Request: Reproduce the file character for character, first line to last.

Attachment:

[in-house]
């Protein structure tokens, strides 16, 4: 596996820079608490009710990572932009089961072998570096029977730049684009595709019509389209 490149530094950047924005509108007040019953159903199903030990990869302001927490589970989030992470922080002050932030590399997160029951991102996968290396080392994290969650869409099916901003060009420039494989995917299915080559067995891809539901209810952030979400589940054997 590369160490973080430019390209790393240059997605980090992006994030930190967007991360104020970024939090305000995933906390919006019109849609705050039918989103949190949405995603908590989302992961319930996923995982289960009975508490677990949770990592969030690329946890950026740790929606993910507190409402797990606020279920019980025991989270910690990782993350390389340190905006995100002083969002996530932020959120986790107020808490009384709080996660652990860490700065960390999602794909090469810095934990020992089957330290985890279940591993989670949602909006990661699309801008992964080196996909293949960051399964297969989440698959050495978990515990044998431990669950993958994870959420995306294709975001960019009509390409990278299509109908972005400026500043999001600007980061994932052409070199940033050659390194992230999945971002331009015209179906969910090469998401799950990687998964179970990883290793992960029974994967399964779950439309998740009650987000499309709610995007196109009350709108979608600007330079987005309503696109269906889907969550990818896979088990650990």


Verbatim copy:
[in-house]
């Protein structure tokens, strides 16, 4: 596996820079608490009710990572932009089961072998570096029977730049684009595709019509389209 490149530094950047924005509108007040019953159903199903030990990869302001927490589970989030992470922080002050932030590399997160029951991102996968290396080392994290969650869409099916901003060009420039494989995917299915080559067995891809539901209810952030979400589940054997 590369160490973080430019390209790393240059997605980090992006994030930190967007991360104020970024939090305000995933906390919006019109849609705050039918989103949190949405995603908590989302992961319930996923995982289960009975508490677990949770990592969030690329946890950026740790929606993910507190409402797990606020279920019980025991989270910690990782993350390389340190905006995100002083969002996530932020959120986790107020808490009384709080996660652990860490700065960390999602794909090469810095934990020992089957330290985890279940591993989670949602909006990661699309801008992964080196996909293949960051399964297969989440698959050495978990515990044998431990669950993958994870959420995306294709975001960019009509390409990278299509109908972005400026500043999001600007980061994932052409070199940033050659390194992230999945971002331009015209179906969910090469998401799950990687998964179970990883290793992960029974994967399964779950439309998740009650987000499309709610995007196109009350709108979608600007330079987005309503696109269906889907969550990818896979088990650990």